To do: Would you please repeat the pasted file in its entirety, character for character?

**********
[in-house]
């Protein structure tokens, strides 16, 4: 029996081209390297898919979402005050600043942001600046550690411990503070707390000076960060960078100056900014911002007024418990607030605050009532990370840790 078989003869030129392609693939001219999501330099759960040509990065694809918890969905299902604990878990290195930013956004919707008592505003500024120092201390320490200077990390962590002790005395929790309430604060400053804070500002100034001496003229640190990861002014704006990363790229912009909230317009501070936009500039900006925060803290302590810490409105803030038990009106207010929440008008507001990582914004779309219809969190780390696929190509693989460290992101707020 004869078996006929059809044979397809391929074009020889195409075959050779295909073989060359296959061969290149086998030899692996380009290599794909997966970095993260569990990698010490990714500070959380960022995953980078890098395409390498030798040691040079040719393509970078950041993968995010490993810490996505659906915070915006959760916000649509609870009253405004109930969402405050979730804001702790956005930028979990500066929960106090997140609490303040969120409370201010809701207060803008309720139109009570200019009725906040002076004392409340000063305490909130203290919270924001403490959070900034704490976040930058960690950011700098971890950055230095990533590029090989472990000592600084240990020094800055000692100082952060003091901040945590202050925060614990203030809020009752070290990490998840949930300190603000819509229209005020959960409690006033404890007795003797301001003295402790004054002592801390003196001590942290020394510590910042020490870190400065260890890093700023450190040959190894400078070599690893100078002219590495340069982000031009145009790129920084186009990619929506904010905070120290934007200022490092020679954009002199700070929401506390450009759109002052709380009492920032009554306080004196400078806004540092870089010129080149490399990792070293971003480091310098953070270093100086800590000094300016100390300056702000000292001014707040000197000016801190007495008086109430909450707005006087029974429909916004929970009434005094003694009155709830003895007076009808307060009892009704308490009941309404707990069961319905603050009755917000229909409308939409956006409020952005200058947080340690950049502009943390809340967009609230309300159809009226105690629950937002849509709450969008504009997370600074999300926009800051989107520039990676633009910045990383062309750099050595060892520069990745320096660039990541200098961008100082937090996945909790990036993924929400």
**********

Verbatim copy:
[in-house]
């Protein structure tokens, strides 16, 4: 029996081209390297898919979402005050600043942001600046550690411990503070707390000076960060960078100056900014911002007024418990607030605050009532990370840790 078989003869030129392609693939001219999501330099759960040509990065694809918890969905299902604990878990290195930013956004919707008592505003500024120092201390320490200077990390962590002790005395929790309430604060400053804070500002100034001496003229640190990861002014704006990363790229912009909230317009501070936009500039900006925060803290302590810490409105803030038990009106207010929440008008507001990582914004779309219809969190780390696929190509693989460290992101707020 004869078996006929059809044979397809391929074009020889195409075959050779295909073989060359296959061969290149086998030899692996380009290599794909997966970095993260569990990698010490990714500070959380960022995953980078890098395409390498030798040691040079040719393509970078950041993968995010490993810490996505659906915070915006959760916000649509609870009253405004109930969402405050979730804001702790956005930028979990500066929960106090997140609490303040969120409370201010809701207060803008309720139109009570200019009725906040002076004392409340000063305490909130203290919270924001403490959070900034704490976040930058960690950011700098971890950055230095990533590029090989472990000592600084240990020094800055000692100082952060003091901040945590202050925060614990203030809020009752070290990490998840949930300190603000819509229209005020959960409690006033404890007795003797301001003295402790004054002592801390003196001590942290020394510590910042020490870190400065260890890093700023450190040959190894400078070599690893100078002219590495340069982000031009145009790129920084186009990619929506904010905070120290934007200022490092020679954009002199700070929401506390450009759109002052709380009492920032009554306080004196400078806004540092870089010129080149490399990792070293971003480091310098953070270093100086800590000094300016100390300056702000000292001014707040000197000016801190007495008086109430909450707005006087029974429909916004929970009434005094003694009155709830003895007076009808307060009892009704308490009941309404707990069961319905603050009755917000229909409308939409956006409020952005200058947080340690950049502009943390809340967009609230309300159809009226105690629950937002849509709450969008504009997370600074999300926009800051989107520039990676633009910045990383062309750099050595060892520069990745320096660039990541200098961008100082937090996945909790990036993924929400």